Hotelicopter is real, though simply a travel search engine

No it's not a Soviet chopper-turned-flying hotel, but Hotelicopter is now a real service with the same namesake that finds you good deals on hotel stays.

Hotelicopter, the April Fools' Day joke about a helicopter that doubled as a hotel, turned out to be fake. A week later though, the same company that successfully played the joke on most of the Internet has launched a real product with the same name.

Hotelicopter the travel search engine is not nearly as exciting a concept as a converted Soviet chopper-turned-air hotel, but it does an admirable job at scouring the Web to find you deals on hotel bookings. It searches and aggregates the results from more than 30 different hotel deals sites like Priceline, Hotels.com, and Booking.com, and jumps you straight to each provider's purchase page.

One of its nice features is the option to narrow down the area of a town for which you want it to search for results either through a drop down list of neighborhoods or by drawing a fence within the results map. It will then refresh with results only from that area, right down to a half-block radius. This can be handy if you know the place you're visiting.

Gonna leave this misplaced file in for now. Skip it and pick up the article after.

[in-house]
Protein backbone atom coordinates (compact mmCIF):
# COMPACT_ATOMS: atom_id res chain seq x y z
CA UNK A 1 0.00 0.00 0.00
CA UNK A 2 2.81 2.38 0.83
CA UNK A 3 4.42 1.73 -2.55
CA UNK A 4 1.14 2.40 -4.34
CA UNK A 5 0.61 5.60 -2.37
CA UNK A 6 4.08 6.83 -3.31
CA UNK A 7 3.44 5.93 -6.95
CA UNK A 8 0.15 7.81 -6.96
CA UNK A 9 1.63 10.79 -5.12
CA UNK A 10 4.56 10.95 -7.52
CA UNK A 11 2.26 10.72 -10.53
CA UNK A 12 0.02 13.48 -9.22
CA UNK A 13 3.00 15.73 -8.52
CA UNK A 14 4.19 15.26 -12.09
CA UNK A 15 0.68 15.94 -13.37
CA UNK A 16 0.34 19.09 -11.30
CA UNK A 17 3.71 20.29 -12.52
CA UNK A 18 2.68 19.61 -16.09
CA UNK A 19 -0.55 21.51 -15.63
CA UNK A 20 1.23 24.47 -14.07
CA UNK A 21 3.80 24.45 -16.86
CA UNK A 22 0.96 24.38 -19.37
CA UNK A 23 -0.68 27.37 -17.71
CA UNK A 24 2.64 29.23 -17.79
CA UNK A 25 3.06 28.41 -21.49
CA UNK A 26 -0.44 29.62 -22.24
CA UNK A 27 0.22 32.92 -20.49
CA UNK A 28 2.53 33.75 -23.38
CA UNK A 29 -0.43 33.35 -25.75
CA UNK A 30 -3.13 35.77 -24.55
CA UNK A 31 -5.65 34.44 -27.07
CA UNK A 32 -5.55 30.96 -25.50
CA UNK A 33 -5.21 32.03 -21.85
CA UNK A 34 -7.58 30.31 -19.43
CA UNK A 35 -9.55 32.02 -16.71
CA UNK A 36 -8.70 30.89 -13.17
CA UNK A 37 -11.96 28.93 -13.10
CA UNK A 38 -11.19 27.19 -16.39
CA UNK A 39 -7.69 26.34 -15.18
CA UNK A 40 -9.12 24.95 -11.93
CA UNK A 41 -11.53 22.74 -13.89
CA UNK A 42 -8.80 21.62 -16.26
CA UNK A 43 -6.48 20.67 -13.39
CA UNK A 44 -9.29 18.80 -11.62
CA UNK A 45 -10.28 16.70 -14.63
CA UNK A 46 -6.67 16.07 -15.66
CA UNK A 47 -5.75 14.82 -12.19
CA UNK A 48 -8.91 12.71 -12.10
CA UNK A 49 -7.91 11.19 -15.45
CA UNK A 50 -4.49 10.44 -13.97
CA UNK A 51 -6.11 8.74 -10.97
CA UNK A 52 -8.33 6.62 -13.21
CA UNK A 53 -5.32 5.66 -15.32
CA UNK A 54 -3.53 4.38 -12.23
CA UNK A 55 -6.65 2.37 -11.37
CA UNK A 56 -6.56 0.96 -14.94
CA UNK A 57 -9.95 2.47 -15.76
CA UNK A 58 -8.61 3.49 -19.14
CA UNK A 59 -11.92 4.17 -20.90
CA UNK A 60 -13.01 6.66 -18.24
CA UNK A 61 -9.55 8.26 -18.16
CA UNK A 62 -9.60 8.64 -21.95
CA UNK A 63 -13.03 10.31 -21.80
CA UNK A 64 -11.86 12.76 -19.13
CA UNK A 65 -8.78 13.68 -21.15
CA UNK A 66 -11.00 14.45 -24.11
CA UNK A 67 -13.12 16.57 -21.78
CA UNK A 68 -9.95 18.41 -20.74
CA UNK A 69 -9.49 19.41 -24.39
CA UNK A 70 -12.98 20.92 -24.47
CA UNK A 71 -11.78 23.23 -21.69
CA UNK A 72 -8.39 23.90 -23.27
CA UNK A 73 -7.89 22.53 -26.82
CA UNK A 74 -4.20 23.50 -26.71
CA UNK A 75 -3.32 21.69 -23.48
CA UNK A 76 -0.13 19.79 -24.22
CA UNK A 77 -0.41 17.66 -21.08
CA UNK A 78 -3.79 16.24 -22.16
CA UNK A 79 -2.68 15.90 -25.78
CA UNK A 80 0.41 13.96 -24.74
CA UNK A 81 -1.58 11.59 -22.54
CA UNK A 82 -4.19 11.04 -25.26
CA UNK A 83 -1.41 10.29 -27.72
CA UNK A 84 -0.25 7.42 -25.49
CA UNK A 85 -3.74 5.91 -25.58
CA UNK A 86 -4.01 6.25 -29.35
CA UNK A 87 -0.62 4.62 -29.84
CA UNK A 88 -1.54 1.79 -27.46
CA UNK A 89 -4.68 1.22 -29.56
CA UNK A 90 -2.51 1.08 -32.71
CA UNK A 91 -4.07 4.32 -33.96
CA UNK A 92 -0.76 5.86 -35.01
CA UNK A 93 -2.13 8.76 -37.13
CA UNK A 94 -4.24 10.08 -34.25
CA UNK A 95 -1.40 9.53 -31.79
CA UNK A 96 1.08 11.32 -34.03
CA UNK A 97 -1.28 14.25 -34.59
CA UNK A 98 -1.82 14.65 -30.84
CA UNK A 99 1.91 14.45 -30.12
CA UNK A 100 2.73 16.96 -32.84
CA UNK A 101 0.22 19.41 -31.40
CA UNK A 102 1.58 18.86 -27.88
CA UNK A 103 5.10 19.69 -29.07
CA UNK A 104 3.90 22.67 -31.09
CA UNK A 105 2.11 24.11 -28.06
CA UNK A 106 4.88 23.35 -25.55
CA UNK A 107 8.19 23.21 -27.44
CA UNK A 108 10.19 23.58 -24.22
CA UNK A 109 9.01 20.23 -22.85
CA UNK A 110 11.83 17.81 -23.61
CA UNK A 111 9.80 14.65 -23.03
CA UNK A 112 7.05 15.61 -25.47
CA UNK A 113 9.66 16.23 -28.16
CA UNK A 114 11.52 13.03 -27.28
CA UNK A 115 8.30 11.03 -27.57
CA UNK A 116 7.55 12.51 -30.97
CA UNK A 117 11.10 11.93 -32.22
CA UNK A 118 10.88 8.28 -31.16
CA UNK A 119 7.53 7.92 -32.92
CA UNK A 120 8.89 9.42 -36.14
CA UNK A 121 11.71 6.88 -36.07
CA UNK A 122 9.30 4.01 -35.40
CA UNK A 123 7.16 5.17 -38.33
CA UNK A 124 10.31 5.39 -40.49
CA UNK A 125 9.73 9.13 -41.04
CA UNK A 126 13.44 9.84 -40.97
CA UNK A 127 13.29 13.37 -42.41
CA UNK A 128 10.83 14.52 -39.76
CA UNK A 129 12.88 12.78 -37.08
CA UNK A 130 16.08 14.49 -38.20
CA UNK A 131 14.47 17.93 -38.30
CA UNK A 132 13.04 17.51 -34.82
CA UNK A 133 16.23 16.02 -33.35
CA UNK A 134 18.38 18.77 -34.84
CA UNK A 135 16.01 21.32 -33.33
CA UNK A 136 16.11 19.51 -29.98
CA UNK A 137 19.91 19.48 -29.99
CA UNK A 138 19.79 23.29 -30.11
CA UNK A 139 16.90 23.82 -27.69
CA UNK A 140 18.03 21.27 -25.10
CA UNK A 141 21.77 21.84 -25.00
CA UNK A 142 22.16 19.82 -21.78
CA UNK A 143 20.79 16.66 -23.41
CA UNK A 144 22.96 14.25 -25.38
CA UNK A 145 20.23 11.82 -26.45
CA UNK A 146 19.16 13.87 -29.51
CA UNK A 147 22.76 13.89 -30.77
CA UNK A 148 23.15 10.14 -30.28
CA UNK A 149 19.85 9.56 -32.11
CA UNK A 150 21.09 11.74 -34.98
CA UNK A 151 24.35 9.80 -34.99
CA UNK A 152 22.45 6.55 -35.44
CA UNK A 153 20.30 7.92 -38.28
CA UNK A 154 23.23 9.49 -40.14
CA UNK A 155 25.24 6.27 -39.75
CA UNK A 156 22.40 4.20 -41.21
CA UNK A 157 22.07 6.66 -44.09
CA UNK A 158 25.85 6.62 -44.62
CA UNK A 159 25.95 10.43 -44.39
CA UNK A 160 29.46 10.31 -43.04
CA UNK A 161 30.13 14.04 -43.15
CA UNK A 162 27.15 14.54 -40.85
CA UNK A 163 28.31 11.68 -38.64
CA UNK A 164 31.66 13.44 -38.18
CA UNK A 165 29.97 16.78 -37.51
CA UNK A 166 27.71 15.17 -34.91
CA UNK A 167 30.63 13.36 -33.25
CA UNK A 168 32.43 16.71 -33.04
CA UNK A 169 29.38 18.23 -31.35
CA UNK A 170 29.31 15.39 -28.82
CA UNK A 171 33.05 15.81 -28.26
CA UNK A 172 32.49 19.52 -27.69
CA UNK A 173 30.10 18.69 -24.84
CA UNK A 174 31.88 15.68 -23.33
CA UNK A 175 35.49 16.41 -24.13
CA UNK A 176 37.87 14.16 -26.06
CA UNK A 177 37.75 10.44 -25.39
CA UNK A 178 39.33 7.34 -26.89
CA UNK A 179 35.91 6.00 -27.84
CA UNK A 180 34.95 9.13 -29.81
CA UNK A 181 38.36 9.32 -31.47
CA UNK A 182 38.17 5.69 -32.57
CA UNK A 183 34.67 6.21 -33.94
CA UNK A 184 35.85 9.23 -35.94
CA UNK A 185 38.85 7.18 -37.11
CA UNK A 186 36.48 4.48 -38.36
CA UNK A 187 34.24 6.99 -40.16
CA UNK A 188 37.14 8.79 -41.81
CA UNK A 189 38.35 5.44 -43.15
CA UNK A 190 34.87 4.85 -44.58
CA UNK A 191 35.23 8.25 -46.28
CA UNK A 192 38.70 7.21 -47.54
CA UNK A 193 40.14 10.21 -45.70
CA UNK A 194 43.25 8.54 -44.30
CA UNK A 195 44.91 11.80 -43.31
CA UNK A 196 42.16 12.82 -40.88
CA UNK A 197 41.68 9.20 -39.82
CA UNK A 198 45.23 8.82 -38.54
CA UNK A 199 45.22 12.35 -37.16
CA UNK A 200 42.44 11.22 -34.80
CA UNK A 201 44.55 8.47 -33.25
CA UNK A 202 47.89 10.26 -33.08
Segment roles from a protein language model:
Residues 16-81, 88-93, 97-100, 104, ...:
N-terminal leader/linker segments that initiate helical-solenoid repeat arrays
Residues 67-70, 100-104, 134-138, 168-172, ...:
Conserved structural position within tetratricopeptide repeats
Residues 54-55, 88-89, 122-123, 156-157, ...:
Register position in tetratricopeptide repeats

Included is the option to log in and link it up with your Facebook account using Facebook Connect, which for now is simply a way to bypass registering with the site, and promote that you're using it on your profile every time you book a trip. What would be far more interesting though, is if it pulled a Dopplr and would let you know a friend who lived in each place where you were planning to travel. That way you could ask if you could couch surf and save some money. Of course, that's not how Hotelicopter makes its money, which is in referrals to all these booking sites and on-page Google ads, but I think it would make for a far more compelling product.

Hotelicopter lets you narrow down the results you want to see by simply drawing a fence around an area of the map. You can also filter by neighborhoods. CNET Networks
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About the author

Josh Lowensohn joined CNET in 2006 and now covers Apple. Before that, Josh wrote about everything from new Web start-ups, to remote-controlled robots that watch your house. Prior to joining CNET, Josh covered breaking video game news, as well as reviewing game software. His current console favorite is the Xbox 360.

 

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